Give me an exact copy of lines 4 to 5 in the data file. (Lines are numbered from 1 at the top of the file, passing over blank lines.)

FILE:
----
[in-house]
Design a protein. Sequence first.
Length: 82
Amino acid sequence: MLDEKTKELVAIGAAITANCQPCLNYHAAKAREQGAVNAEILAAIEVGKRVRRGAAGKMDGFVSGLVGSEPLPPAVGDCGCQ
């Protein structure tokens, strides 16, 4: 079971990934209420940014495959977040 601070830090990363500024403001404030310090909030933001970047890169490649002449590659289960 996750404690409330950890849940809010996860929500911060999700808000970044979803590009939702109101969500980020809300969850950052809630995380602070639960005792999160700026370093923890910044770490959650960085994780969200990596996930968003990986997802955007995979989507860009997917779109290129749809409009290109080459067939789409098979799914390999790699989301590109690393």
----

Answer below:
Amino acid sequence: MLDEKTKELVAIGAAITANCQPCLNYHAAKAREQGAVNAEILAAIEVGKRVRRGAAGKMDGFVSGLVGSEPLPPAVGDCGCQ
């Protein structure tokens, strides 16, 4: 079971990934209420940014495959977040 601070830090990363500024403001404030310090909030933001970047890169490649002449590659289960 996750404690409330950890849940809010996860929500911060999700808000970044979803590009939702109101969500980020809300969850950052809630995380602070639960005792999160700026370093923890910044770490959650960085994780969200990596996930968003990986997802955007995979989507860009997917779109290129749809409009290109080459067939789409098979799914390999790699989301590109690393």